Last October I had a dream. In the midst of the final countdown to the wedding that I’d spent almost a year planning down to the minutia, I had a dream about a story. The dream was so vivid and fun that I decided to pursue it despite my hectic schedule. I could make it into a story. The characters and basic plot unfolded quickly. It seemed like this muse that I keep hearing so much about finally found its way back to me.
I say it found its way back to me because I vaguely remember its presence. In high school it seemed, in fact, always to be at my disposal. The spark of an idea was not fleeting but a cacophony of sight and sound like a New Year’s Eve fireworks display: loud and brilliant and not easily ignored. And that was exciting. I remember the excitement of starting a new project was enough to carry me through the entire thing. Granted the projects were much smaller and there were fewer critical eyes skimming across it, but there was a naivete that I wish I still had. There was a sincere belief that what I was working on could turn into something great even if no one other than my mom ever read it. Often times, I would finish feeling pretty satisfied with my attempts and excited to share them with my limited audience.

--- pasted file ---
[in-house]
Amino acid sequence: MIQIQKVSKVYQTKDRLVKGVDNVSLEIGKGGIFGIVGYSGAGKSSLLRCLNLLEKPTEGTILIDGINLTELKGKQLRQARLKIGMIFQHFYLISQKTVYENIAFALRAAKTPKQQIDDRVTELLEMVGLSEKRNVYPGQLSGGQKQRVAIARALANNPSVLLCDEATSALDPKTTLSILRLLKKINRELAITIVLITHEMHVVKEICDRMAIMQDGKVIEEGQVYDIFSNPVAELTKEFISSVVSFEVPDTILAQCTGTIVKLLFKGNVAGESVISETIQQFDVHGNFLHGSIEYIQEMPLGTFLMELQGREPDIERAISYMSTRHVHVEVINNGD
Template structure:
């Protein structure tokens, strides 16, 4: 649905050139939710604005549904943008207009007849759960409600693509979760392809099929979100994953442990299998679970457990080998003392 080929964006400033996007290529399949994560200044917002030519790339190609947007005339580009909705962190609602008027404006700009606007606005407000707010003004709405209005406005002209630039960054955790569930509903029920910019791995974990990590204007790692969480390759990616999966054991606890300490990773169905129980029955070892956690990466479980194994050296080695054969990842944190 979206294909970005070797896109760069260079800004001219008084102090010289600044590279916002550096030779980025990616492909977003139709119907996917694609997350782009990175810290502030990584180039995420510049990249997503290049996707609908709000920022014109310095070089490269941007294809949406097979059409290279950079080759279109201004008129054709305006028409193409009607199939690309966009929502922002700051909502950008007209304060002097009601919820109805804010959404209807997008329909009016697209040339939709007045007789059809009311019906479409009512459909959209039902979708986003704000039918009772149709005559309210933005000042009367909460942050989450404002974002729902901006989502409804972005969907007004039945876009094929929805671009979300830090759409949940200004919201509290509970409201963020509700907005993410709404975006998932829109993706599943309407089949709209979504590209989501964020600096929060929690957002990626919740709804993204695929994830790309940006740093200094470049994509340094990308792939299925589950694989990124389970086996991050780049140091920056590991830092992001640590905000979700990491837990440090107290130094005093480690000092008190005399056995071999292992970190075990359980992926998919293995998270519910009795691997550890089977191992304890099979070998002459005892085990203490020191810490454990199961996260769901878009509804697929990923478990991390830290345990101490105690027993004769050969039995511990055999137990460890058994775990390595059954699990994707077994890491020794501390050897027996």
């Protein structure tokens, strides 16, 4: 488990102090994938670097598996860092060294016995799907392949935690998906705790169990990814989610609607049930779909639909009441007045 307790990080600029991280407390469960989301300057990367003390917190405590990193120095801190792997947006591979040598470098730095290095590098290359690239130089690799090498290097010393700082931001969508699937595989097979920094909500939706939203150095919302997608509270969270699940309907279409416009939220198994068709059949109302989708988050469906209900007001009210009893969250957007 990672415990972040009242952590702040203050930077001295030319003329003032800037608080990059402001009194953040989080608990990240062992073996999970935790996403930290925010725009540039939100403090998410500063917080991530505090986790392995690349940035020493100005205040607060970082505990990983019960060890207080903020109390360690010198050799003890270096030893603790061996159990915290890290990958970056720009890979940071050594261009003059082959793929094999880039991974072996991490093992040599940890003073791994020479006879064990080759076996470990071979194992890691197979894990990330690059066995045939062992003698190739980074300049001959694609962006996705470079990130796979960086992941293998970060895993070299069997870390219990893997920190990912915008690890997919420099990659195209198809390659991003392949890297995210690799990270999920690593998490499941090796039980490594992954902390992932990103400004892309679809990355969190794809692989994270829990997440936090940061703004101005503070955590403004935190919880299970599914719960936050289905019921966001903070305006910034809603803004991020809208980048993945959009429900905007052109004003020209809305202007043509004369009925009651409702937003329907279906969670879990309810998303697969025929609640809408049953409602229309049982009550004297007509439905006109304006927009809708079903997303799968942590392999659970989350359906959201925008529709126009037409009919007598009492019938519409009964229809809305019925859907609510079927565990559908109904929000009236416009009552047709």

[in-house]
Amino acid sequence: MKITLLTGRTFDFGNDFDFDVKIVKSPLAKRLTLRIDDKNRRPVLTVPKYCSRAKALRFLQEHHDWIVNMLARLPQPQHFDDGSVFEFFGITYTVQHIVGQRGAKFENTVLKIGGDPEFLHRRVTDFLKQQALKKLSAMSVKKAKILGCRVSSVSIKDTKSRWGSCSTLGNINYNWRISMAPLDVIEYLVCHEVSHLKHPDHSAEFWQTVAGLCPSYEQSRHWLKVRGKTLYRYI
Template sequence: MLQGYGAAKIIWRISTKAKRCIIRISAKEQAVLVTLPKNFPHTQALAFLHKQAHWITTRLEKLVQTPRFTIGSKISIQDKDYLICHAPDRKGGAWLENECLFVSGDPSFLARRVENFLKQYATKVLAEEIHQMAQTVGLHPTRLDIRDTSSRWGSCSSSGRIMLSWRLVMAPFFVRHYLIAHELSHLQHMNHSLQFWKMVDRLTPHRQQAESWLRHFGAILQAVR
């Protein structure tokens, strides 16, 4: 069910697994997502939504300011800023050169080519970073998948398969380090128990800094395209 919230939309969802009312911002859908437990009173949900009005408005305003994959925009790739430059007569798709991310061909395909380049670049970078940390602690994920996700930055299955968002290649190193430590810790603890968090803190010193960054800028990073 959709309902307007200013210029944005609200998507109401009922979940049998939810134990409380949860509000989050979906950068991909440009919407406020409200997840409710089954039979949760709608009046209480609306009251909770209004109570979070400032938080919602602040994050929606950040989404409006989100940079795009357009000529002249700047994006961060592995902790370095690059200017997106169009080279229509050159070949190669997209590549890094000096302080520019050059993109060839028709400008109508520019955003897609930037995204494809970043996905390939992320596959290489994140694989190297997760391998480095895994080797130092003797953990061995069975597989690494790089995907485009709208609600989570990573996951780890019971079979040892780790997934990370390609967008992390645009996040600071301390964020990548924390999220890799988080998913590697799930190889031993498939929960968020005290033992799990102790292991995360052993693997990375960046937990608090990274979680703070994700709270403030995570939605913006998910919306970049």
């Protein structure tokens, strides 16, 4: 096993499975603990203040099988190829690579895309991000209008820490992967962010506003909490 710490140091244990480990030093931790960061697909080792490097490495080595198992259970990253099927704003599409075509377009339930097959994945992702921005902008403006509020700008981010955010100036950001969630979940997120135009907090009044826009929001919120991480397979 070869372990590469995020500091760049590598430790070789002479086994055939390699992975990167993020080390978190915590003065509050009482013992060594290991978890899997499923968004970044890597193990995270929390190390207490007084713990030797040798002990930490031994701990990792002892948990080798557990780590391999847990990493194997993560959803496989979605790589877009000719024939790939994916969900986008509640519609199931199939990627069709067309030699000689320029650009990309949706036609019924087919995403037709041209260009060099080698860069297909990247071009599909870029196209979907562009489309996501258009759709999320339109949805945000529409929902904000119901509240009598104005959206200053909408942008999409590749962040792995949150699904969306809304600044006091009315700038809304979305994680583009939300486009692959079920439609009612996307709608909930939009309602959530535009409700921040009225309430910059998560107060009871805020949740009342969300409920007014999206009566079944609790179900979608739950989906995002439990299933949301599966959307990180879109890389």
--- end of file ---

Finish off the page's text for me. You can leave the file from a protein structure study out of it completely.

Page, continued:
Do these good feelings ever come back? Are they used up in our youth or are they whittled down by every critique in workshop? By the critic in our own heads? Writing is and should be a pleasure in itself, but I often find myself too preoccupied with the end result.
I’d like to know. How do you feel about your art these days? How do you keep yourself focused on the joy of writing rather than the bottom line?